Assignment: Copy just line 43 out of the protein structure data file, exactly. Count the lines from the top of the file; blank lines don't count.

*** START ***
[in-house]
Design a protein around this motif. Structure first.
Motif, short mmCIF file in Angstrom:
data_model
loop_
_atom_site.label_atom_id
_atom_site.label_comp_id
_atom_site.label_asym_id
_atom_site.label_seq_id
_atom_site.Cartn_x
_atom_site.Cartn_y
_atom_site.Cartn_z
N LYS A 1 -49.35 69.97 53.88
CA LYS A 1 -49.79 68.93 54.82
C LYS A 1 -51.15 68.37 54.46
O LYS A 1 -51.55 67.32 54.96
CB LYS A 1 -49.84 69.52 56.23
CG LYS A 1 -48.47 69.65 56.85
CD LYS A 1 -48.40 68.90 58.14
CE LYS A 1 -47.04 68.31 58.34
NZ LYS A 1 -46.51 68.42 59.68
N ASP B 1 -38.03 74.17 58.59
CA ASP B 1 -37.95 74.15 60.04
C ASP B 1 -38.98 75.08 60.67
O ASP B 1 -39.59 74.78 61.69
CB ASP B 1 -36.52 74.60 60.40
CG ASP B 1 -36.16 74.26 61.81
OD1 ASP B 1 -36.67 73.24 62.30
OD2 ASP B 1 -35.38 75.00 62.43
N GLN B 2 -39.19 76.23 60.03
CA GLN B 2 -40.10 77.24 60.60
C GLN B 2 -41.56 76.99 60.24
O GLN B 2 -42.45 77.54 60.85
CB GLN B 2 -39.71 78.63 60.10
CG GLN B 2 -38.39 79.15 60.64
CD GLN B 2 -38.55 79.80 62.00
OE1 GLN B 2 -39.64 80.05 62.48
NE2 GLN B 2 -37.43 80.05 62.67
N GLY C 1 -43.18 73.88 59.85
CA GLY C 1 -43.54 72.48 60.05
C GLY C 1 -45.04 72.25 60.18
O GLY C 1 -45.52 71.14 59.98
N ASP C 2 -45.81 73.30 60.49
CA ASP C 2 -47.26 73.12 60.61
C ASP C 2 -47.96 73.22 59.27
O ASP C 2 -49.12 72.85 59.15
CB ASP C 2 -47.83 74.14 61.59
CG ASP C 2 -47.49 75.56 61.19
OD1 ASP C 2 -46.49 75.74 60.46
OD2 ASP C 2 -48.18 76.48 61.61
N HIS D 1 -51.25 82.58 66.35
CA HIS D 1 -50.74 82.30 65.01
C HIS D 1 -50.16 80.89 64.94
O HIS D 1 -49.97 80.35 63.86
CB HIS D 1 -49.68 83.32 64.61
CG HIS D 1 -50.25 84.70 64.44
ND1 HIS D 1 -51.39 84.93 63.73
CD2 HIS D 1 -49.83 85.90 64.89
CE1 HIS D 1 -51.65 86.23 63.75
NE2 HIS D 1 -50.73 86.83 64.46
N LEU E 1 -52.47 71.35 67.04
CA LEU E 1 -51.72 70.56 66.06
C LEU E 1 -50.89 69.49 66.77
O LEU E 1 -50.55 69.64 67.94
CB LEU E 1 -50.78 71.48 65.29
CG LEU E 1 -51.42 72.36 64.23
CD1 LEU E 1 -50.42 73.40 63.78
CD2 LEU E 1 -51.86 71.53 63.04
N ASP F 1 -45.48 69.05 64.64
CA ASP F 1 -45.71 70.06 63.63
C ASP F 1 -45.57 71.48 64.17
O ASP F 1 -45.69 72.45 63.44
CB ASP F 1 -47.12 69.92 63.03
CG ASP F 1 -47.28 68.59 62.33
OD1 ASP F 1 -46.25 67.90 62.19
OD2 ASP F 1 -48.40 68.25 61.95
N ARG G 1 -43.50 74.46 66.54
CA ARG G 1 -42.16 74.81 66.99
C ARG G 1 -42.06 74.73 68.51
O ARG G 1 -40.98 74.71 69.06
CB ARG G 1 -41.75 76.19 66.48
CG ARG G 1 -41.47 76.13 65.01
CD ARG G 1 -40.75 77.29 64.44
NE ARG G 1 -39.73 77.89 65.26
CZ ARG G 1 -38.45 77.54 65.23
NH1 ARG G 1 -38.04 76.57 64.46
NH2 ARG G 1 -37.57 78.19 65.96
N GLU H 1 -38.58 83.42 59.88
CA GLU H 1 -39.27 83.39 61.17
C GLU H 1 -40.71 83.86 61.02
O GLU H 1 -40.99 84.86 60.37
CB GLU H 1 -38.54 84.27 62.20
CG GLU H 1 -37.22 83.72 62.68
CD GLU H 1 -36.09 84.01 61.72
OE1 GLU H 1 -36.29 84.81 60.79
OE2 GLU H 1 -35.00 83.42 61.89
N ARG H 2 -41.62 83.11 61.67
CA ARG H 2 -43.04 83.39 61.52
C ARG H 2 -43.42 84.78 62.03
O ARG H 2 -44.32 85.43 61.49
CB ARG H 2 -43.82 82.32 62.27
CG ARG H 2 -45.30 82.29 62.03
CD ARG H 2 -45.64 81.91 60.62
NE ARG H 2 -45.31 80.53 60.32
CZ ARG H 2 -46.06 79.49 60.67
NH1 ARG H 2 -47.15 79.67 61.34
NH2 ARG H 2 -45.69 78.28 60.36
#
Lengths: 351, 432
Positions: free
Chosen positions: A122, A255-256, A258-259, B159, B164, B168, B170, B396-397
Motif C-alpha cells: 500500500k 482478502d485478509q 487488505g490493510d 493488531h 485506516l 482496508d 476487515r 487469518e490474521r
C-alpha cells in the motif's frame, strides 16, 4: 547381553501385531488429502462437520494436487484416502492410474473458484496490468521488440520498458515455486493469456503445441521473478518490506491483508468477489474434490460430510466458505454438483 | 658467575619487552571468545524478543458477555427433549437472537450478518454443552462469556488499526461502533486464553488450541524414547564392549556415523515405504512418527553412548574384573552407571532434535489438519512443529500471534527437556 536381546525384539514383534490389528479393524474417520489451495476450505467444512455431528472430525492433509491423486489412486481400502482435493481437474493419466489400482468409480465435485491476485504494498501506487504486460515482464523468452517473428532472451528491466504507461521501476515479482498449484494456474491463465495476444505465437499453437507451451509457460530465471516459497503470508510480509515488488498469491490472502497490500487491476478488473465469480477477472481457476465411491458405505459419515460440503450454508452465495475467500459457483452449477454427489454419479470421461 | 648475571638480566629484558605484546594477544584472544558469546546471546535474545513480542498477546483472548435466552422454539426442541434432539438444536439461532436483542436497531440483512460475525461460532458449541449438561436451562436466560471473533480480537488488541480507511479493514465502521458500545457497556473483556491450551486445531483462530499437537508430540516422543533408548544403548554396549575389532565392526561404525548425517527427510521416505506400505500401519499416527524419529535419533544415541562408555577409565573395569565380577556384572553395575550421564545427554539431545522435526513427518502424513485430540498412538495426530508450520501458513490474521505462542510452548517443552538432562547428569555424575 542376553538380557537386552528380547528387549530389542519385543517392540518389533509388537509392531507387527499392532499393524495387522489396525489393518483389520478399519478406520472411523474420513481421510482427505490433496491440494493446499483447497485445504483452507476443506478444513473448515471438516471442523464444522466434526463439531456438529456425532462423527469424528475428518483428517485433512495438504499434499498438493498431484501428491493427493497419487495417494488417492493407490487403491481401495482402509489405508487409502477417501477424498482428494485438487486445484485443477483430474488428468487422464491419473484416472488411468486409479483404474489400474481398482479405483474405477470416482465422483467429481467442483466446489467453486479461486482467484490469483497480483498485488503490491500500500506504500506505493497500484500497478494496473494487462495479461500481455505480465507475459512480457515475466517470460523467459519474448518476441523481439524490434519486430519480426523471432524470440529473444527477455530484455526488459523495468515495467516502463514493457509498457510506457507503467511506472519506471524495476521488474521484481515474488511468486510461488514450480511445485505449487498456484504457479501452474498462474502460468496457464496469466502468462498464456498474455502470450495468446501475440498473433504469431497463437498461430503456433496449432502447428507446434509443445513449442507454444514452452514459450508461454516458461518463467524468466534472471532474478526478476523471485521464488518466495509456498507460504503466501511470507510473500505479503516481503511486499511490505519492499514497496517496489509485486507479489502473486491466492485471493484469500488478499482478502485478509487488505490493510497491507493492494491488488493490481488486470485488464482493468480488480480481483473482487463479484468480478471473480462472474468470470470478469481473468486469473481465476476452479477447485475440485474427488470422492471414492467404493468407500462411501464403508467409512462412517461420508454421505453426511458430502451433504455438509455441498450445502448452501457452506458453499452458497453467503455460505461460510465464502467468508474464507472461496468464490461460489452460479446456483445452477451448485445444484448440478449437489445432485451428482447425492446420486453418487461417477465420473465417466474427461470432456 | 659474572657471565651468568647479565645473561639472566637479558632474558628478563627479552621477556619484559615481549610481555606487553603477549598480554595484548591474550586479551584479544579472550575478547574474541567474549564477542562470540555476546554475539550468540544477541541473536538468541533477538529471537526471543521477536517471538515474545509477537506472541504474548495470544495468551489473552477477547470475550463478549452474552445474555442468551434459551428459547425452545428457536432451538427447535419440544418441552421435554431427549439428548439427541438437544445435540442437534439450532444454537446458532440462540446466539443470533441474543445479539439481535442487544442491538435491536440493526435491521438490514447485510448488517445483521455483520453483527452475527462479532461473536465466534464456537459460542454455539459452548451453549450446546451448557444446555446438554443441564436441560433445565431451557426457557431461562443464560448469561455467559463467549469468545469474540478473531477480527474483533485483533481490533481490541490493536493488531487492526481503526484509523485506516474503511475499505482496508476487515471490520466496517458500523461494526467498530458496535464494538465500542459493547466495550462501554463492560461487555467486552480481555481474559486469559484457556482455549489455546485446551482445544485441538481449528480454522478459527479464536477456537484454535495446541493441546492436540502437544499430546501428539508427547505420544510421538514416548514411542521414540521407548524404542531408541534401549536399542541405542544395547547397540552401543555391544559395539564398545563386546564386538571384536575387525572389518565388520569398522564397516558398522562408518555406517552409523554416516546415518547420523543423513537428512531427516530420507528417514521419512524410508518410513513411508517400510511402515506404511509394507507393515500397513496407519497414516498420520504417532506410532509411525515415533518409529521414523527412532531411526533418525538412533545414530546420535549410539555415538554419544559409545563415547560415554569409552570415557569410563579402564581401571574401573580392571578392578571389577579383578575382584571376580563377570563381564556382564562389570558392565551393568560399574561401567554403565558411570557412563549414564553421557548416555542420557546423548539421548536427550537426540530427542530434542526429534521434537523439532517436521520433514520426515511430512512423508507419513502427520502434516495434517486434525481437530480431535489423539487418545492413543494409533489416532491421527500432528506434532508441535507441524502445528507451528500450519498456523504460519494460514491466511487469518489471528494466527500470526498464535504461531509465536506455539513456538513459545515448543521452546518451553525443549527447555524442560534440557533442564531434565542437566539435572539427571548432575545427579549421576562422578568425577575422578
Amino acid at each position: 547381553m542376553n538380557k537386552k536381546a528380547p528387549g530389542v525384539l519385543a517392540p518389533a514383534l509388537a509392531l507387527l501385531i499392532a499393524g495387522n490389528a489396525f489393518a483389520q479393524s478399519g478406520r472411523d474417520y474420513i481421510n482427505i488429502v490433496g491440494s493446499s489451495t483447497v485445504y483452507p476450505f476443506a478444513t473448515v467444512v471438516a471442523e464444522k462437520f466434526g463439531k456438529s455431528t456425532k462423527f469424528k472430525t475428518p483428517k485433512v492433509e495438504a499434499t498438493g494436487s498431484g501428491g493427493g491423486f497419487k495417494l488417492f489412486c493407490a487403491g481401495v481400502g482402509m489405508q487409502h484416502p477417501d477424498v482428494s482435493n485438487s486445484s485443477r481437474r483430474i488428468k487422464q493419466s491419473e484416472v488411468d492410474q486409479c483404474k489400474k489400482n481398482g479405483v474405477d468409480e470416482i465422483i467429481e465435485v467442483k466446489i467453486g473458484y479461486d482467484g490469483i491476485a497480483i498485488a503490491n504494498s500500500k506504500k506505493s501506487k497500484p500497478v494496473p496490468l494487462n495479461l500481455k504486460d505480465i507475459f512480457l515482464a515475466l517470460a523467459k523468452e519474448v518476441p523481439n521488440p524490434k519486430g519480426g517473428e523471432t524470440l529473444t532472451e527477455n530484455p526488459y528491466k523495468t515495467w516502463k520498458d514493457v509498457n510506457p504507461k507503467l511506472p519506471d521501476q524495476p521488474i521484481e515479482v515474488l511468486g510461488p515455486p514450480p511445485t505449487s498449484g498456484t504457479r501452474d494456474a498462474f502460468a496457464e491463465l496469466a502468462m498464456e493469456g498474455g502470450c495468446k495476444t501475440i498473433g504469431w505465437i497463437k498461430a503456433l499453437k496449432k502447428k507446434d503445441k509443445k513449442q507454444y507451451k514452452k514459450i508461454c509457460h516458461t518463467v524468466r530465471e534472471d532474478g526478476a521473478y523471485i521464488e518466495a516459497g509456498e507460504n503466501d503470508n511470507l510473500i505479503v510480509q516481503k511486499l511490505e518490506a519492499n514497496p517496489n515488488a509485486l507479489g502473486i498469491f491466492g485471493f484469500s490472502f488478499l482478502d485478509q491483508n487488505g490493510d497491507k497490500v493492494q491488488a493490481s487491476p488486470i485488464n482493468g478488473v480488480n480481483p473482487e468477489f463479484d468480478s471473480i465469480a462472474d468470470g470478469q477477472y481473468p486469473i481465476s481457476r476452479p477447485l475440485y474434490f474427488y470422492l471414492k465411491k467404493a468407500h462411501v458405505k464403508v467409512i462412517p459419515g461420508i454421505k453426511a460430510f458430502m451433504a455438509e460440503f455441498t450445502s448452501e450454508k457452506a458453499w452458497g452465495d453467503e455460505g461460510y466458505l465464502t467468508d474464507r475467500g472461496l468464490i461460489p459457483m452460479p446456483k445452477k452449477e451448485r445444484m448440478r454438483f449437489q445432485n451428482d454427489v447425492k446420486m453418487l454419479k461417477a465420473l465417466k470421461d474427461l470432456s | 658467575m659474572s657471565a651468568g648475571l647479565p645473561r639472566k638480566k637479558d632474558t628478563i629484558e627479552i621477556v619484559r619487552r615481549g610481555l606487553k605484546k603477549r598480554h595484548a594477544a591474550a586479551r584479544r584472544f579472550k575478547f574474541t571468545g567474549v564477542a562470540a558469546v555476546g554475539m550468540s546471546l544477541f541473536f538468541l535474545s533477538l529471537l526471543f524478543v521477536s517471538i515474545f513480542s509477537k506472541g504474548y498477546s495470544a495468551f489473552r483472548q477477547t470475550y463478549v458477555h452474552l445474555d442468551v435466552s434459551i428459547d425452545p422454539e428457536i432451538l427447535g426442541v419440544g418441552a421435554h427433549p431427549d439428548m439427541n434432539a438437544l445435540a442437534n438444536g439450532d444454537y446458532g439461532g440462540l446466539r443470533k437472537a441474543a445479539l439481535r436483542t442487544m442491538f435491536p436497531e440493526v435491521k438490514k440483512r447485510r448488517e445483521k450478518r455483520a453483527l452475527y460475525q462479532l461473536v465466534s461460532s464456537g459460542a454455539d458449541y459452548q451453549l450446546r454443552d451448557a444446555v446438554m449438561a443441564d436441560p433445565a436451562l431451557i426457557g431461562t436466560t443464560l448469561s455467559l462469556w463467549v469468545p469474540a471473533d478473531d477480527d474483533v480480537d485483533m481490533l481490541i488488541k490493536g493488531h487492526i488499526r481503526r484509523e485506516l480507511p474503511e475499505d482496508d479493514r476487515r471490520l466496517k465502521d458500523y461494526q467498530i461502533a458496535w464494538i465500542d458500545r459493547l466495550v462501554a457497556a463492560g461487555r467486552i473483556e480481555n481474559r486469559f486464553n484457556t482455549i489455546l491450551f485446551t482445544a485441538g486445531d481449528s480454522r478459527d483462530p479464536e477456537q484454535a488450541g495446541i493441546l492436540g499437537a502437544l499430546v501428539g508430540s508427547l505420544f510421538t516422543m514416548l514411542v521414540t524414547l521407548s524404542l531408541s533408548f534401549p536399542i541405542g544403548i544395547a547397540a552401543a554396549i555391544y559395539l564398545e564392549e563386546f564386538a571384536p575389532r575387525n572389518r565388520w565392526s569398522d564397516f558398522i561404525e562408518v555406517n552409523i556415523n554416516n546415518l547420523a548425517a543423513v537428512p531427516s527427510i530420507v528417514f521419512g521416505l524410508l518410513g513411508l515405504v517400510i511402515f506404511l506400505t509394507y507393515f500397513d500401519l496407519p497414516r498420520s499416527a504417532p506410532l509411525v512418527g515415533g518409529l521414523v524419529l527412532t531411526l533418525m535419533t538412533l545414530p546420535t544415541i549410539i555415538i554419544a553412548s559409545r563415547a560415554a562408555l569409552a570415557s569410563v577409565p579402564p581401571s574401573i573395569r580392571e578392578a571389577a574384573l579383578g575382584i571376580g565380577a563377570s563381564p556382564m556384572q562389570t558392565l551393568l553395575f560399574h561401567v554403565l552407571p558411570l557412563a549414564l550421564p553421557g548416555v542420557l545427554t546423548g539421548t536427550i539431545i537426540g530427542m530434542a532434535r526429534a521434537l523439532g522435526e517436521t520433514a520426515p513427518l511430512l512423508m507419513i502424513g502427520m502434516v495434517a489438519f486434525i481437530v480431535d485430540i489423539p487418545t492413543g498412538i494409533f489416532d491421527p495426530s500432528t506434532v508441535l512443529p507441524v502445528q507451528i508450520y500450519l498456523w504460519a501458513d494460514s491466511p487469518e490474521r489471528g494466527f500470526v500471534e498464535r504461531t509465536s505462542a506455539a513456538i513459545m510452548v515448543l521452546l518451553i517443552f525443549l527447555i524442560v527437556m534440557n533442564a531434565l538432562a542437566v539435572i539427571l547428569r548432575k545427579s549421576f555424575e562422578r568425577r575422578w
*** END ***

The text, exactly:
N ASP C 2 -45.81 73.30 60.49